Flynn's Departure ‘close to Unprecedented,' But Here Are Other White House Aides Who Left Quickly

WASHINGTON — When Michael Flynn resigned his post as national security adviser earlier this week, he set a new record for shortest tenure in the role. Flynn stepped down after just 24 days, amid reports that he’d misled top White House officials about his communications with the Russian ambassador to the United States and that he might have been vulnerable to blackmail.A situation like Flynn’s — with a departure involving a scandal, at the very beginning of an administration, that has senators across the aisle calling for an investigation —is rare. But top-level White House aides do occasionally leave jobs quickly, under a variety of circumstances, said Andrew Rudalevige, an expert on presidential administrations at Bowdoin College.“Reshuffles do happen sometimes,” he said. “New administrations do have growing pains, and they shake themselves down.”Here are five other examples of White House senior staffers who left their roles after relatively brief stays:1. The communications director who stepped down after 48 hoursOne of the only presidential aides in recent history with a tenure shorter than Flynn’s is Jason Miller — though he never made it to the White House.Miller was appointed White House communications director in December, but just 48 hours later, he announced he would rather spend time with his family. Meanwhile, another top Trump aide was dropping hints of Miller’s infidelity on Twitter. His speedy departure reinforced the impression that the Trump transition was a highly chaotic one.2. The national security adviser with the second-shortest tenureBefore Flynn resigned, the record for “shortest tenure” as national security adviser belonged to William H. Jackson, who held the post for only four months. But Jackson was the third man to serve as national security adviser, at a time when the role was understood differently.“In the early years, the NSA was really more of an executive secretary position,” said Elizabeth Saunders, a presidential administrations expert at George Washington University. “It wasn’t really until [President John F. Kennedy] that the role really became one for a policy adviser.”Jackson’s departure in 1957 barely earned a single mention in The New York Times. And of the 25 men who’ve held the role, the average length of service is over two and a half years.3. Allegations of bribery by a Japanese journalistThe third national security adviser with a notably short tenure, Richard Allen, still served for almost a year before he resigned from his post. Allen, who worked for President Ronald Reagan, left the role under the shadow of a very different sort of scandal. In 1981, the Justice Department investigated allegations that Allen had accepted a $1,000 cash bribe from a Japanese magazine in exchange for an interview with former first lady Nancy Reagan.Allen fervently denied any wrongdoing and said he was merely holding the $1,000 until the government could process the gift from the Japanese journalists properly. He told The New York Times that it “would have been an embarrassment” to the Japanese if he returned the money. Although no charges were brought, he resigned from his post in January 1982, just 17 days shy of a year into the job.4. The kindergarten friend who became chief of staffAnother high-ranking White House official who didn’t last long was Thomas “Mack” McLarty, the first chief of staff for President Bill Clinton. McLarty, who had been friends with Clinton since kindergarten, served in the role for a year and a half before stepping down in July 1994.Although McLarty was criticized for Clinton’s rocky start in the White House, he left the post on good terms. The day he announced his resignation, Clinton praised him as “well-liked, well-respected,” and deeply trustworthy.The chief of staff job next went to Leon Panetta, who eventually served as both director of the CIA and secretary of defense under President Barack Obama.5. The chief of staff during WatergateA final notable short-term chief of staff was Alexander Haig, a four-star general who held the position during Richard Nixon’s final year in office. According to former administration officials, Haig was “widely perceived as the acting president” during the year Nixon fought the Watergate political scandal.Haig’s tenure ended when Nixon’s did, Aug. 9, 1974. After leaving the White House, Haig served as supreme allied commander of NATO forces in Europe and as secretary of state.During the nomination process for secretary of state, Haig said he was proud that Nixon’s resignation had not led to a full-fledged constitutional crisis.“There were no tanks,” Haig said at one hearing. “There were not any sandbags outside the White House.”  Continue reading...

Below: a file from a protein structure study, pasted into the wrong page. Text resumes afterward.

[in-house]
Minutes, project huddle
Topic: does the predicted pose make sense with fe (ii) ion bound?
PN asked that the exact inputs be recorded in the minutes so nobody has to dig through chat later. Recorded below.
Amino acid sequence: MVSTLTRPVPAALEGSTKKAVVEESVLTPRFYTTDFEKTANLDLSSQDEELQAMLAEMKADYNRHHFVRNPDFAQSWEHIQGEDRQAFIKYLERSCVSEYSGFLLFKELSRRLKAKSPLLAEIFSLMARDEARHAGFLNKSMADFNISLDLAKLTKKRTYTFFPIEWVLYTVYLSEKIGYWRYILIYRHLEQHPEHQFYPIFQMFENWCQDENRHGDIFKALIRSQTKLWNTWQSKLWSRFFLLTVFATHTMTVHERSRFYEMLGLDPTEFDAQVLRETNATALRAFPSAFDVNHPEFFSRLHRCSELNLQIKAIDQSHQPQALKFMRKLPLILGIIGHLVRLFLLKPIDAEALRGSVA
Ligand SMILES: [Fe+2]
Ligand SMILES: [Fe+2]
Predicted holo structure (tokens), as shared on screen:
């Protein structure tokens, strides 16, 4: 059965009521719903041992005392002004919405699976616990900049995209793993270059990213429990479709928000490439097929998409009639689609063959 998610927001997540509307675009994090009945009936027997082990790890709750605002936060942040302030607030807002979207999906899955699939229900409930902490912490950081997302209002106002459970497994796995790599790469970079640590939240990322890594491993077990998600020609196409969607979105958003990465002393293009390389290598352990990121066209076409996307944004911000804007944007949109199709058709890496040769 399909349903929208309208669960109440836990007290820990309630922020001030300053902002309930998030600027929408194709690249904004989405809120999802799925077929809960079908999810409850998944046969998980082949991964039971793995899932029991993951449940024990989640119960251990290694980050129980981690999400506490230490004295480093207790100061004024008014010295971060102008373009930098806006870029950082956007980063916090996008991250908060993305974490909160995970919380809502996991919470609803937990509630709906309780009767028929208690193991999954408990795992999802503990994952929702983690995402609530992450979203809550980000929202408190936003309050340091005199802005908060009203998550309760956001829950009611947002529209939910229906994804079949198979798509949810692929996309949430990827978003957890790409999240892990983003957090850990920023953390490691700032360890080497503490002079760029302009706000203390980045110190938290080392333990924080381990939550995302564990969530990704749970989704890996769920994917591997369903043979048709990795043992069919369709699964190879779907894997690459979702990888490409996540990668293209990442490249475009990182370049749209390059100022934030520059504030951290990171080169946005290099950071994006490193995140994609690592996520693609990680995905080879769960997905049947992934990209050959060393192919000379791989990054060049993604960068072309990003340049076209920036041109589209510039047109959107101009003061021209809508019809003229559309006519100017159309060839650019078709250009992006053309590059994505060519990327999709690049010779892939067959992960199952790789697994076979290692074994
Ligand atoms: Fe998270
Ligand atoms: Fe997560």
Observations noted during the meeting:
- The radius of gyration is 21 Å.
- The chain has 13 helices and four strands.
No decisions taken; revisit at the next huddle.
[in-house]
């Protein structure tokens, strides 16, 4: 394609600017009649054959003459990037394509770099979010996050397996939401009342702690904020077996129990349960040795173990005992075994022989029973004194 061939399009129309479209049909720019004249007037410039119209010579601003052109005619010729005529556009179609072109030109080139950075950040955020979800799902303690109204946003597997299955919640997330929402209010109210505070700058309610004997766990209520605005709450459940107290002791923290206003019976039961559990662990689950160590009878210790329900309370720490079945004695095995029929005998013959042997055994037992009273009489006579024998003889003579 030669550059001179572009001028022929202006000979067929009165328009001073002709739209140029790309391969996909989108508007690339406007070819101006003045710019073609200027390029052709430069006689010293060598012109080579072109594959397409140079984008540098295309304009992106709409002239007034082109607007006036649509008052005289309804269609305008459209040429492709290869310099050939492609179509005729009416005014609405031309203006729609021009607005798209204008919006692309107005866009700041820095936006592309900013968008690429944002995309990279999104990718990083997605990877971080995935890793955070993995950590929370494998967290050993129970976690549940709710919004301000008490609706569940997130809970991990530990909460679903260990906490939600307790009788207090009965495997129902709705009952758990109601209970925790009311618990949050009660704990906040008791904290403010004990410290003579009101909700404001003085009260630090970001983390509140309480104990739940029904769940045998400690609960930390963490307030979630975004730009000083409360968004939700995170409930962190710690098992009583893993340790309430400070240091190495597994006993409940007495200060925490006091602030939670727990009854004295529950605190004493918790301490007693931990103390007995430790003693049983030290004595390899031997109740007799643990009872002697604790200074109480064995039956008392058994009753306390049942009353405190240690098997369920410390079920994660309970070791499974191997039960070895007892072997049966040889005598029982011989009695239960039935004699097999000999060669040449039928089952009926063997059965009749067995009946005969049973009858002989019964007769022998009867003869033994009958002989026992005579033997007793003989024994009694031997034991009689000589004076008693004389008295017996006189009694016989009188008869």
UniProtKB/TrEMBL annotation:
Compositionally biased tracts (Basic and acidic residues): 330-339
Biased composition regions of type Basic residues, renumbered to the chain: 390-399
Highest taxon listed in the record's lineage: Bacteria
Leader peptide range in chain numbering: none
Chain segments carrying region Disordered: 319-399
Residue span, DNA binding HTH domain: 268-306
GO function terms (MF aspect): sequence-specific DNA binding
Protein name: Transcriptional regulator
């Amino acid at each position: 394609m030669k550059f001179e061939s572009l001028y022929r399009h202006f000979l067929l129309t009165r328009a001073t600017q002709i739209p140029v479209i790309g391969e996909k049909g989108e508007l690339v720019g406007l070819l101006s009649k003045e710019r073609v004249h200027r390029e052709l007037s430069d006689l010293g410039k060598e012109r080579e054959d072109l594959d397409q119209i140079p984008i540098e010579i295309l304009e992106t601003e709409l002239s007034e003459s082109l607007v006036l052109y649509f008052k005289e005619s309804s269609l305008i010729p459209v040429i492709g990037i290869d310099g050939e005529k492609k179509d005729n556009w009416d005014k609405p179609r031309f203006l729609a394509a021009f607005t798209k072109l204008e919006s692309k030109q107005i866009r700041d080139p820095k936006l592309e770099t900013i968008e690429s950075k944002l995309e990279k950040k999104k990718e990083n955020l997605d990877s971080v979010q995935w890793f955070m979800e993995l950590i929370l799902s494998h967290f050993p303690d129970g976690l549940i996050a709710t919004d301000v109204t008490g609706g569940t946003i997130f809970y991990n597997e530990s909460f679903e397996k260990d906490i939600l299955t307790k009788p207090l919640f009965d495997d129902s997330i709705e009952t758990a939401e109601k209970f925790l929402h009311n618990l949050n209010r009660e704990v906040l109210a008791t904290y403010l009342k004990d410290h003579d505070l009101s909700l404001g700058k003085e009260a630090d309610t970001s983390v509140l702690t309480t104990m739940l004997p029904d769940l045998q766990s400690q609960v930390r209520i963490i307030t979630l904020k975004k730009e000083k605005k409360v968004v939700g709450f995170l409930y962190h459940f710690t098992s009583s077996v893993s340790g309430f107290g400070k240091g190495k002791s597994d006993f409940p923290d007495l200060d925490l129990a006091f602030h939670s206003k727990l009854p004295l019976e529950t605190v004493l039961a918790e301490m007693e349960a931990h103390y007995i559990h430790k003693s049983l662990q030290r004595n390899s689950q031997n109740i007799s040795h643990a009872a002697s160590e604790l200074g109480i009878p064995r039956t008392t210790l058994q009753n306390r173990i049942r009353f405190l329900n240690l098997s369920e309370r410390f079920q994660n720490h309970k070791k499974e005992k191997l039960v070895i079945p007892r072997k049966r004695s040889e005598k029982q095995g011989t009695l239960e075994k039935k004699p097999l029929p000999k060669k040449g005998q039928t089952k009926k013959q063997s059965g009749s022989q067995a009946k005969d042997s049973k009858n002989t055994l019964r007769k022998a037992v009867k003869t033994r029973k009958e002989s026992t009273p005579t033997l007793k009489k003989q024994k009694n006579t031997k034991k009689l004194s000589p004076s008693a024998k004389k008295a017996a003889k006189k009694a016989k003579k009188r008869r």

Copyright The Dallas Morning News
Contact Us